The Indian government confirmed this week that PLA troops invaded India’s Arunachal Pradesh region on December 9. The Indian Army said in a statement that both sides endured only “minor injuries” and that India expelled the invading force “in a firm and resolute manner.”

Indian media outlets, citing unnamed sources, estimated the invading force as between 200 and 600 soldiers wielding sticks with nails hammered into them and trying to use them to break through the Indian force.

The incident was the latest in a series of increasingly frequent incursions by the Chinese military across the Indian border, the deadliest of which is believed to have left about 60 men dead in 2020. On that occasion, both sides claimed that the other’s soldiers crossed their borders, but the brawl occurred in India – in the Galwan Valley, located in India’s Ladakh region. Indian officials confirmed about 20 deaths and claimed that about 40 Chinese soldiers died, but the Chinese government has only confirmed four deaths in that encounter at press time.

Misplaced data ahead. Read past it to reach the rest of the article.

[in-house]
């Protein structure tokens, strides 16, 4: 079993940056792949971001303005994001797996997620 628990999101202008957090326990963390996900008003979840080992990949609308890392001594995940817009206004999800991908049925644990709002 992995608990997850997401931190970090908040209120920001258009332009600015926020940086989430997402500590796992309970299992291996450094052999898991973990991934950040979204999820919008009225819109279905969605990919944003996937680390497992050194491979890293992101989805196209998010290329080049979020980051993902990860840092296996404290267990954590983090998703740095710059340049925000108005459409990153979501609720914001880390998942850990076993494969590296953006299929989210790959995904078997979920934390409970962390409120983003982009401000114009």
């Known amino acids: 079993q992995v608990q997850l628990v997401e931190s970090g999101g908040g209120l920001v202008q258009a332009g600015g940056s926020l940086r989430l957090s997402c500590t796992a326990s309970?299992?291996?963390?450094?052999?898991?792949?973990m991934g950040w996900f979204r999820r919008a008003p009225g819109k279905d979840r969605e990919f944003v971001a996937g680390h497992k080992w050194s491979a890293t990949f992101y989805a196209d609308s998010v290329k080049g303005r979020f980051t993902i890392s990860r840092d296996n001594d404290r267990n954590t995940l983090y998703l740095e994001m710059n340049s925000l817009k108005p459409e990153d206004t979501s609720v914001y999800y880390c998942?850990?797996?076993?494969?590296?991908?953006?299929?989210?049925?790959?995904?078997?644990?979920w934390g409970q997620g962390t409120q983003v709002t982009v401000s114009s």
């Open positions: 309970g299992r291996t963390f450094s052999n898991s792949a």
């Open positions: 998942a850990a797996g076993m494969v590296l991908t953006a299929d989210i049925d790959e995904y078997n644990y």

Retired Indian General MM Naravane, who presided over the army during the Galwan Valley brawl, accused the Chinese military on a podcast this week of “hooliganism” and taking modern warfare back to “prehistoric” times.

“We would still like to maintain that we are a 21st-century Army. To start going back to clubs and barbed wires is going back to prehistoric times,” Naravane said. “It is a very regressive way of going. We would still like to maintain that in warfare also there are certain rules. It is not that you do whatever you want to do.”

“Is that the level PLA has gone down to? Hooliganism and streetfighting? Or they are a professional 21st-century army?” he asked. “On one side they try to show their technological prowess, on the other side they are coming with barbed wire clubs. It is ridiculous.”

The dispute spilled onto the United Nations stage on Friday, as Indian External Affairs Minister Jaishankar addressed the Security Council and announced India’s renewed bid for a seat on the body. India currently wields the presidency of the Council but it will lose its place on it entirely at the end of the year.

Jaishankar used the opportunity to condemn “double standards” by permanent members of the Council in defending terrorism, presumably a jab at China for blocking the designation of Pakistani terrorists.

“How do we deal with double standards, both inside and outside this council? For too long, some have persisted with the approach that terrorism is just another instrument or stratagem,” Jaishankar said.

China is the only permanent member of the Council to have never endorsed an Indian bid for a seat.